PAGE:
One Chart Showing Why Target’s CEO Resigned

Mounting public pressure mixed with sagging profits and sales in the wake of last year’s massive data breach led to Gregg Steinhafel’s departure.

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Stephanie Stamm and Dustin Volz
May 5, 2014, 9:01 a.m.

Tar­get still hasn’t re­covered from the his­tor­ic­ally gar­gan­tu­an data heist that hit its stores na­tion­wide dur­ing last year’s hol­i­day shop­ping sea­son, as the com­pany pres­id­ent and CEO an­nounced Monday that he is step­ping down ef­fect­ive im­me­di­ately.

Gregg Stein­hafel’s de­par­ture un­der­scores how much the na­tion’s third-largest re­tail­er has struggled in the five months since hack­ers com­prom­ised 40 mil­lion cred­it- and deb­it-card ac­counts and robbed 70 mil­lion cus­tom­ers of per­son­al data, such as names, emails, and phone num­bers.

In Feb­ru­ary, the com­pany pos­ted abysmal fin­an­cial num­bers, re­veal­ing fourth-quarter profits had sunk 46 per­cent over the pre­vi­ous year. Rev­en­ue also dropped by 5.3 per­cent. Yet per­haps most telling is that Tar­get wit­nessed a 3.8 per­cent de­cline in sales, as cus­tom­ers were reti­cent to vis­it its stores dur­ing and after the hol­i­day shop­ping sea­son.

A shopping cart is seen in a Target store on December 19, 2013 in Miami, Florida. Target announced that about 40 million credit and debit card accounts of customers who made purchases by swiping their cards at terminals in its U.S. stores between November 27 and December 15 may have been stolen. National Journal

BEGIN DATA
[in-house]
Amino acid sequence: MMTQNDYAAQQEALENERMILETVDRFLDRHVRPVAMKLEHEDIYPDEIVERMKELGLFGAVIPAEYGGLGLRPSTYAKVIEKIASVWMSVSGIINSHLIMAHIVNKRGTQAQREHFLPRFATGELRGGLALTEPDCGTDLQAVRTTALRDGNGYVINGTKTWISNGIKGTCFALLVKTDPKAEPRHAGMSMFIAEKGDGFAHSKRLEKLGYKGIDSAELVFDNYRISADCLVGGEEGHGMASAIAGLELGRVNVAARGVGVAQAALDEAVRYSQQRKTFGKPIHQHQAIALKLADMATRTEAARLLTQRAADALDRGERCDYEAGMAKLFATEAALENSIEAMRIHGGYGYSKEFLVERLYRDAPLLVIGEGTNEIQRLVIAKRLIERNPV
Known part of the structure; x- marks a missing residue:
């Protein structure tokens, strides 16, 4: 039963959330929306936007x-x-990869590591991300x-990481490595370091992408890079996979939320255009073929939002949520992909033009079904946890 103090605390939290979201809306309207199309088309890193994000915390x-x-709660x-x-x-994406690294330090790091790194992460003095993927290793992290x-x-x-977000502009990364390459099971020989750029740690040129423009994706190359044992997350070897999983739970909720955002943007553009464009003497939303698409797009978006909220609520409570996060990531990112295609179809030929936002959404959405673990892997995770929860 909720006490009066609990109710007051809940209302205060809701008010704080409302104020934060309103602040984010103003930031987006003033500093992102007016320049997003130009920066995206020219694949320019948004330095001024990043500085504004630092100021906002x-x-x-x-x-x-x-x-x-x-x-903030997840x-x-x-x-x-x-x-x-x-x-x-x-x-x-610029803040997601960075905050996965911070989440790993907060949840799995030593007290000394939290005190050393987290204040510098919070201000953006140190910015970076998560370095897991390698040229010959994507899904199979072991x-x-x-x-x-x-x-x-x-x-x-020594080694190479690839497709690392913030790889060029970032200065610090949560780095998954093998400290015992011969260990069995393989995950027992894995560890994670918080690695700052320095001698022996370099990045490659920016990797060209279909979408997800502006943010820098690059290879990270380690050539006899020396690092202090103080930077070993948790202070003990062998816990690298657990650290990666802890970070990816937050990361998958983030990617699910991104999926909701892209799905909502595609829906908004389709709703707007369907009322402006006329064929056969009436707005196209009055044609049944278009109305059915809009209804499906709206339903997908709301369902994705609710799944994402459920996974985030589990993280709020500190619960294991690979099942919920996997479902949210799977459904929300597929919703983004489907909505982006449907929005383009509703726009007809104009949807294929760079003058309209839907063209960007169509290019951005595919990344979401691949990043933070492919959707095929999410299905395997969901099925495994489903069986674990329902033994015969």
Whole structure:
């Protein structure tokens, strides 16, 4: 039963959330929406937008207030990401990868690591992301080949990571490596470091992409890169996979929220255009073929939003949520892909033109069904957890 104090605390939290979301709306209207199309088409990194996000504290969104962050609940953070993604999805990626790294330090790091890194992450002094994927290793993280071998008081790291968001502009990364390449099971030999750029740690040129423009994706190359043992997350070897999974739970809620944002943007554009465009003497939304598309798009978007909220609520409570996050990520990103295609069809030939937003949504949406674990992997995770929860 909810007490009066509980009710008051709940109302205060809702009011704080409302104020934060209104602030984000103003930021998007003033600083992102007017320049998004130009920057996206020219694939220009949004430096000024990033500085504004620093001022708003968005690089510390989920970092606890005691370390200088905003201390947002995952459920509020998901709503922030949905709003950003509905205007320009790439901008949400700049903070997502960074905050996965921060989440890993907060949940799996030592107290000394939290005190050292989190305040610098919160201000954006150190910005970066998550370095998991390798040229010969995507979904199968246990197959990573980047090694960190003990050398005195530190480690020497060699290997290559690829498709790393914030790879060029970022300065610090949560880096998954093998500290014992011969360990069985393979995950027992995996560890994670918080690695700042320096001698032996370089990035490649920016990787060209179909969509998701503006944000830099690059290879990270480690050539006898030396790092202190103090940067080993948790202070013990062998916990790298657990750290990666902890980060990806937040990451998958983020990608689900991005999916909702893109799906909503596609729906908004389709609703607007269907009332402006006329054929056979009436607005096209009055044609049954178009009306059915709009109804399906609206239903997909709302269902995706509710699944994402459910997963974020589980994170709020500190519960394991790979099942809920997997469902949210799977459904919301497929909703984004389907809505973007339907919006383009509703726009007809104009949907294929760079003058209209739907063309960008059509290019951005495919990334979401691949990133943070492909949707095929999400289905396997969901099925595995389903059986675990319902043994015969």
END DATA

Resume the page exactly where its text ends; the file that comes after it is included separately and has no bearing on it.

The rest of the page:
Tar­get had an­ti­cip­ated that its num­bers would be rough — and that it would be a long road to full re­cov­ery. In Janu­ary, when the com­pany an­nounced that 70 mil­lion cus­tom­ers had per­son­al in­form­a­tion robbed, it sug­ges­ted it would wit­ness “mean­ing­fully weak­er-than-ex­pec­ted sales” in its fourth-quarter peri­od that fol­lowed the data-breach dis­clos­ure on Dec. 19. Tar­get also had an­nounced then the clos­ure of eight stores.

Stein­hafel is now out des­pite mak­ing his com­pany dis­close more in­form­a­tion than leg­ally re­quired after the breach and prom­ising iden­tity-theft in­sur­ance to mil­lions of cus­tom­ers. He will con­tin­ue to stay with Tar­get in an ad­vis­ory role as CFO John Mul­ligan takes over as in­ter­im pres­id­ent and CEO. The com­pany said it was grate­ful for his “tire­less lead­er­ship” dur­ing the months after the breach.

Tar­get’s breach was the first of a num­ber of massive-scale thefts re­vealed in re­cent months, which spurred Con­gress to hold a ca­rou­sel of hear­ings that dis­cussed op­tions for bet­ter pro­tect­ing con­sumer data. Some Demo­crats have pushed for a na­tion­wide data-breach re­port­ing sys­tem in­stead of the cur­rent state-by-state patch­work of laws that com­pan­ies have said are con­fus­ing and dif­fi­cult to nav­ig­ate.

But amid wor­ries from Re­pub­lic­ans that such a step could grant too much au­thor­ity to fed­er­al reg­u­lat­ors, le­gis­la­tion has stalled.

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